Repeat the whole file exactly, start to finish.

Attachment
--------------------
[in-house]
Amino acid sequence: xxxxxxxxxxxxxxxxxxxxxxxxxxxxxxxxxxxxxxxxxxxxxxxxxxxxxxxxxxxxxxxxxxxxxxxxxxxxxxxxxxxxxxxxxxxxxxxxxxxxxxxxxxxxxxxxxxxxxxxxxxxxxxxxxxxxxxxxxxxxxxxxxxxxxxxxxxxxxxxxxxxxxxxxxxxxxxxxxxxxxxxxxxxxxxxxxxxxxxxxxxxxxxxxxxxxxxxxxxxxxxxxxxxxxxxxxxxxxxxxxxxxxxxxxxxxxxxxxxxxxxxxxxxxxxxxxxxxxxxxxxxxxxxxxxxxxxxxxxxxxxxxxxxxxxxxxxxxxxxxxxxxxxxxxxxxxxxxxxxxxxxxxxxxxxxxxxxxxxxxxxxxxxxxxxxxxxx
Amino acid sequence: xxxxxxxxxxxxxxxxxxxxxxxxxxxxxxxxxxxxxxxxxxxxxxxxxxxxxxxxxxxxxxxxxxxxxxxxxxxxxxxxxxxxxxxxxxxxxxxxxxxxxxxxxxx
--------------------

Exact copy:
[in-house]
Amino acid sequence: xxxxxxxxxxxxxxxxxxxxxxxxxxxxxxxxxxxxxxxxxxxxxxxxxxxxxxxxxxxxxxxxxxxxxxxxxxxxxxxxxxxxxxxxxxxxxxxxxxxxxxxxxxxxxxxxxxxxxxxxxxxxxxxxxxxxxxxxxxxxxxxxxxxxxxxxxxxxxxxxxxxxxxxxxxxxxxxxxxxxxxxxxxxxxxxxxxxxxxxxxxxxxxxxxxxxxxxxxxxxxxxxxxxxxxxxxxxxxxxxxxxxxxxxxxxxxxxxxxxxxxxxxxxxxxxxxxxxxxxxxxxxxxxxxxxxxxxxxxxxxxxxxxxxxxxxxxxxxxxxxxxxxxxxxxxxxxxxxxxxxxxxxxxxxxxxxxxxxxxxxxxxxxxxxxxxxxx
Amino acid sequence: xxxxxxxxxxxxxxxxxxxxxxxxxxxxxxxxxxxxxxxxxxxxxxxxxxxxxxxxxxxxxxxxxxxxxxxxxxxxxxxxxxxxxxxxxxxxxxxxxxxxxxxxxxx